And then there was the discovery that there is a typo in the conference brochure. Who is at fault in the proofing of said brochure isn’t the issue (I may not have caught it on the final copy, though my proposal was correct) and now I can’t offer a handout to 58 people in one of my seminars. This has put me into a tailspin, my handouts are critical to my teaching experiences and I’m walking around like someone died. I’ve tried sharing my frustration with a couple of trusted friends and my husband and all I get are quotes and reassurances that in the broad picture, this is a nothing issue. They are right of course, and I will eventually get to that place, but not without a fight. The fight is all internal, as much as I preach plan B and C, etc. to students in my workshops, I have my actual workshop formats down to a well oiled machine, and I’m so much less flexible when wrenches are thrown into the works. Remember, I suffer from the insecurity of “What if something goes wrong…” At least I know ahead of time, and of course students can obtain the handout from my web store after the fact. Still, I’m not accepting this whole situation with grace. And I apologize for that. I do know how to let go and get on with it, but first I need to sit on the proverbial pity pot and stew awhile. And sometimes I want a friend to just say, yep, this sucks, and don’t you just hate when that happens? I’ll figure it out, I always do, but having really solid perspective thrown at me (which is incidentally what I would be doing in the reverse situation) is only making me more cranky.
So, I spent the weekend weaving off the companion piece of a diptych to replace the piece I was suppose to send to the faculty exhibit for Convergence. The original piece was unexpectedly accepted to an exhibit at a gallery in New Bedford MA, and won’t be available. To their credit, the committee graciously allowed me to substitute the same work in a different scale, since it will work with the image I had already submitted.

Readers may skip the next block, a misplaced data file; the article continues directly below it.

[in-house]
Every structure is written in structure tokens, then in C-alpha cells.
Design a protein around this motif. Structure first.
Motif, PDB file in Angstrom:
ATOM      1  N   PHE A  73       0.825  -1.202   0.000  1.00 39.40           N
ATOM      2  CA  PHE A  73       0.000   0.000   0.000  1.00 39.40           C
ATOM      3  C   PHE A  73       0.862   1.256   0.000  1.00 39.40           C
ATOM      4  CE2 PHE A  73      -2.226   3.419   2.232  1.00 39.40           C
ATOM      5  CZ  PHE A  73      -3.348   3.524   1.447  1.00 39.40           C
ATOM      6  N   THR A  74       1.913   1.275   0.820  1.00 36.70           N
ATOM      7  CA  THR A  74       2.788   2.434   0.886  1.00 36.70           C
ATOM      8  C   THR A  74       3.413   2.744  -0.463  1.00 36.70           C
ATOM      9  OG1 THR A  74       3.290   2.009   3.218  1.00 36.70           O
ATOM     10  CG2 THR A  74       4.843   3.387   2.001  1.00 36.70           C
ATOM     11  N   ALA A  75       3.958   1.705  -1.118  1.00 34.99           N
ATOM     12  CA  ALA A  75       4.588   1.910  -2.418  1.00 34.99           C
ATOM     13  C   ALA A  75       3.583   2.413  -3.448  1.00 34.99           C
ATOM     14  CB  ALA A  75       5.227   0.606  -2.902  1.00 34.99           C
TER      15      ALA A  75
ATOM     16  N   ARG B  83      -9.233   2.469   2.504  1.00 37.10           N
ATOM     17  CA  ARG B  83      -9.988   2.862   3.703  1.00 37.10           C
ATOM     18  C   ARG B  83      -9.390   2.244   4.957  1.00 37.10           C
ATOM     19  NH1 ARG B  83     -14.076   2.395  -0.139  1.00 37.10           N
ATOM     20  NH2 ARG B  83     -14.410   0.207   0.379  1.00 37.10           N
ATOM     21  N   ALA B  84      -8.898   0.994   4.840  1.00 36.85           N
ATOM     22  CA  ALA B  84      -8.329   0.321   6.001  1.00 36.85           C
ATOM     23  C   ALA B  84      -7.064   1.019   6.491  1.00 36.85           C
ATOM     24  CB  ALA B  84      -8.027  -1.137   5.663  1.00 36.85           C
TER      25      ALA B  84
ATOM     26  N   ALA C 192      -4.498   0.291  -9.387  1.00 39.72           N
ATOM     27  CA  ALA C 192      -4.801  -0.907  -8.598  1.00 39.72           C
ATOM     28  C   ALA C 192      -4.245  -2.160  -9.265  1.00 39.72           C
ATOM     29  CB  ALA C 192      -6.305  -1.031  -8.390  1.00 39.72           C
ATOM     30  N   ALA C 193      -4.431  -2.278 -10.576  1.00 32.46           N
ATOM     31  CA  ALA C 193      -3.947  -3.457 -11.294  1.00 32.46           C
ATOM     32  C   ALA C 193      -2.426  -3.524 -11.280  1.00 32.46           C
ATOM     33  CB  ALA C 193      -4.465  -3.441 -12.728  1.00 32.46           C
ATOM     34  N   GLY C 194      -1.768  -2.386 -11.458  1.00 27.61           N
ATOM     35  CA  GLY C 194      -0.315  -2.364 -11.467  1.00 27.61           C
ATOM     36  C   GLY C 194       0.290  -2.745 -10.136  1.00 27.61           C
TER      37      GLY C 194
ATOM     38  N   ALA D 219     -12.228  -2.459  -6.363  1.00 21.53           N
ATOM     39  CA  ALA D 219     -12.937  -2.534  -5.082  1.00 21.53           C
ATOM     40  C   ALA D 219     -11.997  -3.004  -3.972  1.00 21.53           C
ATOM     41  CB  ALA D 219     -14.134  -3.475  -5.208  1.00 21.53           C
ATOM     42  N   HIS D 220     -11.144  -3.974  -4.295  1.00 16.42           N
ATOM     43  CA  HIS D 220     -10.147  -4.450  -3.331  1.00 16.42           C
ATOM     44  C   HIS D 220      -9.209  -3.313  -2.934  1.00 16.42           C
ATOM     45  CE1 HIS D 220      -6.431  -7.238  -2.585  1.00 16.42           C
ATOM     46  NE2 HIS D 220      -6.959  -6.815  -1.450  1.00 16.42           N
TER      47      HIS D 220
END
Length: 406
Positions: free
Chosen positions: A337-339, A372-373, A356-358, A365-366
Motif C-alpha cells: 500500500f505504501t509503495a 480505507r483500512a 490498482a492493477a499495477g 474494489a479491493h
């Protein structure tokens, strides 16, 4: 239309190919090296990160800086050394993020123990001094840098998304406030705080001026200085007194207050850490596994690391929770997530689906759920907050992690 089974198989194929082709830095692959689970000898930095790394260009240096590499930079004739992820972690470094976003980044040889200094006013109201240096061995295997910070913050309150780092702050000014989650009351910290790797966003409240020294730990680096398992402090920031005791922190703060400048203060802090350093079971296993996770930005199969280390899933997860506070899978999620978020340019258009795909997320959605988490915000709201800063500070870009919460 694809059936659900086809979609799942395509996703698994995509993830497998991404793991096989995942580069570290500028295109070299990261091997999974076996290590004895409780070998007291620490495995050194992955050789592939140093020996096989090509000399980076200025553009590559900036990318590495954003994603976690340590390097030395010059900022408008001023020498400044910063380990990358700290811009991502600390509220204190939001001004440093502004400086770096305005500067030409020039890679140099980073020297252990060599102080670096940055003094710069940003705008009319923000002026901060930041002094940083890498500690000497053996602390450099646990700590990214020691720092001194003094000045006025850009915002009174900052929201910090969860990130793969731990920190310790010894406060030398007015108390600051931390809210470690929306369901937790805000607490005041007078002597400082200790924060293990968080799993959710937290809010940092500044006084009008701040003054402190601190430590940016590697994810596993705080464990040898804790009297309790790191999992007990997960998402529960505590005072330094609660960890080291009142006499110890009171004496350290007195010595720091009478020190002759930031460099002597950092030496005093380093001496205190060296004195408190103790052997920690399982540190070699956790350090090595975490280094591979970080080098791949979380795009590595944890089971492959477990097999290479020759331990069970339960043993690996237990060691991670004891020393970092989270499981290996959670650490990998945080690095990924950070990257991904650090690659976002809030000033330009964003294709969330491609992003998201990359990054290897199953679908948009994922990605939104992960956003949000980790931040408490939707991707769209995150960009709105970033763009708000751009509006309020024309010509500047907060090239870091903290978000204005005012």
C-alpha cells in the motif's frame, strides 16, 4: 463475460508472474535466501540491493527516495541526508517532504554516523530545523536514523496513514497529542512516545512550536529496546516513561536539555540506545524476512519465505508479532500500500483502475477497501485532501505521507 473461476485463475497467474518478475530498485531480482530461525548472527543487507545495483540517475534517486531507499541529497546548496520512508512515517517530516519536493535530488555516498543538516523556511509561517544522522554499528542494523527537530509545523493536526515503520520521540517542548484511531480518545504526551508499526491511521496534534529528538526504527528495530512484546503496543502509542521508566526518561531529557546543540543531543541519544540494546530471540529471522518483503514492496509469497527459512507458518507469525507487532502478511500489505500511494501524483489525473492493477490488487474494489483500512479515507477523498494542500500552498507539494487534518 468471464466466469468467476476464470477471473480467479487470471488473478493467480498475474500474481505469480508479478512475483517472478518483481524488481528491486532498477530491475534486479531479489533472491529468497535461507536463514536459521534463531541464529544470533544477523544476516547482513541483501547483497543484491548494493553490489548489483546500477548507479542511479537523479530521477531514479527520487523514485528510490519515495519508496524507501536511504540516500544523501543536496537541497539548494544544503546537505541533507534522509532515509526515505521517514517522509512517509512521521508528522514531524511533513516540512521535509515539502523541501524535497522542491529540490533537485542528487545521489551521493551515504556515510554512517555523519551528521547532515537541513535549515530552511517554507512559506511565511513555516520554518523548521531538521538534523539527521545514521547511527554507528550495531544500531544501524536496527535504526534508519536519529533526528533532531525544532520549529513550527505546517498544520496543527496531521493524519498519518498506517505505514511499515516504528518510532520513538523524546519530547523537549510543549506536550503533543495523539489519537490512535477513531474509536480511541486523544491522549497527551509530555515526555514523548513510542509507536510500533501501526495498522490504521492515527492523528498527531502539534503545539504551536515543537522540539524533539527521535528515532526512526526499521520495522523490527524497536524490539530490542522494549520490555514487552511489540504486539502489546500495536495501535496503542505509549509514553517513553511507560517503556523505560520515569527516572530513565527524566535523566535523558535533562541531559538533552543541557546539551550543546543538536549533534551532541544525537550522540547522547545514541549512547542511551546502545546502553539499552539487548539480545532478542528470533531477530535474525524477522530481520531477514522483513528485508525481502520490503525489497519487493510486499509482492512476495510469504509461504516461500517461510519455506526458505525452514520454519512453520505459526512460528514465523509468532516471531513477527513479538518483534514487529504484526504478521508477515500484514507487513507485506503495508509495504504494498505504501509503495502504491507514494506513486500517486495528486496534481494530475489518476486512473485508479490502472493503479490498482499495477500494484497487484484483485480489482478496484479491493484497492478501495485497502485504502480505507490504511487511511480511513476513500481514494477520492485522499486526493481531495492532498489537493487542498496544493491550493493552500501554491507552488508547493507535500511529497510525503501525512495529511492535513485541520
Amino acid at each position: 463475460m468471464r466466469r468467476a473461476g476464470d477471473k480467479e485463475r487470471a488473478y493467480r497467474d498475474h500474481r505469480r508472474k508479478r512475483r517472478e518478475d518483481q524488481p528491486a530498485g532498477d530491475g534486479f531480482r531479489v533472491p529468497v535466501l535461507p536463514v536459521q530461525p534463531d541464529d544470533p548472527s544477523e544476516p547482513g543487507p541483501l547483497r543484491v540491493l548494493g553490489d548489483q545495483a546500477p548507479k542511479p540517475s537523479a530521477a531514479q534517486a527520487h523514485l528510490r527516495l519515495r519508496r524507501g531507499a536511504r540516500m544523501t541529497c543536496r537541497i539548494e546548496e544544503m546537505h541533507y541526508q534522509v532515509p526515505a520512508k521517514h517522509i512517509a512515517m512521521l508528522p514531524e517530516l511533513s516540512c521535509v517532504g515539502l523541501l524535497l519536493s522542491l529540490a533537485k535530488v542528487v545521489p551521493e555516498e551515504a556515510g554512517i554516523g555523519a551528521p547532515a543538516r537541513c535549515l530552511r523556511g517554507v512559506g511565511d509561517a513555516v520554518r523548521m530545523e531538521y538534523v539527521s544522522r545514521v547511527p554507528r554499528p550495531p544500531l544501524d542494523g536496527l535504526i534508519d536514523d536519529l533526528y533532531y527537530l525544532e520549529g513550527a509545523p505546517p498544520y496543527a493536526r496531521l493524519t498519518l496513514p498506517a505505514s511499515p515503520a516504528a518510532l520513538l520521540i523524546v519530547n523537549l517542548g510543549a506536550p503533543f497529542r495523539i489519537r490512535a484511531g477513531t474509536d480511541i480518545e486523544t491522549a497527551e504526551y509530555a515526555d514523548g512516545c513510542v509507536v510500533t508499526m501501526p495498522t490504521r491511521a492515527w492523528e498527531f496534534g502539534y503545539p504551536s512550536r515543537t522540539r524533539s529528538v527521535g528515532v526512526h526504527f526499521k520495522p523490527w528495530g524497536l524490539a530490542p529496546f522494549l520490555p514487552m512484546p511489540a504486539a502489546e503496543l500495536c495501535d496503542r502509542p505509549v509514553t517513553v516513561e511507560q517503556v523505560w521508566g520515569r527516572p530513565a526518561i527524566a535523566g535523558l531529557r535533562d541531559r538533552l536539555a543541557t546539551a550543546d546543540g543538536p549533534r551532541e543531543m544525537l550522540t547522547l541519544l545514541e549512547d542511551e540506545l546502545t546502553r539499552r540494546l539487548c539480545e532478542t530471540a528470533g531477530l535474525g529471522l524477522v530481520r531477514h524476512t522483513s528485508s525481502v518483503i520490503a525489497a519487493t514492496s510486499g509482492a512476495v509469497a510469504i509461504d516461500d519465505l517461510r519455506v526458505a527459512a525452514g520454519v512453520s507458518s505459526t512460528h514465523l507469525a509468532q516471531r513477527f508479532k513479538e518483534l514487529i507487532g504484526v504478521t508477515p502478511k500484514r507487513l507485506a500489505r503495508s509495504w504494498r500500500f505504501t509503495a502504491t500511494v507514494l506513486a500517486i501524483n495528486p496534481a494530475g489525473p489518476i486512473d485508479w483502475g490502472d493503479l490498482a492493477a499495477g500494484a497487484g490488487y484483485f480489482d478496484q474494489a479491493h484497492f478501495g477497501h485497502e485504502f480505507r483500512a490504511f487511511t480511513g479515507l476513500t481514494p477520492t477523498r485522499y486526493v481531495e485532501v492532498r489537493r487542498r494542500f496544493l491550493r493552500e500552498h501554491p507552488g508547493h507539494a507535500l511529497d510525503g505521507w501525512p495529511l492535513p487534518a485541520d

I leave tomorrow to teach a private workshop with two lovely women, both felters, we are spending four days in western Virginia in the Appalachian Mountains. I’m looking forward to this trip, one of my favorite states is Virginia, my mom’s father’s family is all from Virginia, and I have wonderful memories of what a beautiful state it is. And I look forward to applying some of my garment construction techniques to felt.
So today I pack, and try hard not to focus on a conference which is another six weeks away, there isn’t much I can do at this point but adjust, (and I arranged for a friend driving to the conference to bring me an extension cord). My primary focus right now is my two students paying me for this workshop, and leaving my house in the care of my son and his National Guard buddies who seem to have taken up residence in my basement. They are good kids, and with my very competent daughter, they should be able to hold things together until my husband’s return from Saudi Arabia at the end of the week. The list of what they need to take care of and what to watch out for is going on two pages on a yellow legal pad… They are already experiencing eye spasms from rolling their eyes too much…
*Excerpt from the song, I’m From New Jersey by John Gorka
I’m from New Jersey
I don’t expect too much
If the world ended today
I would adjust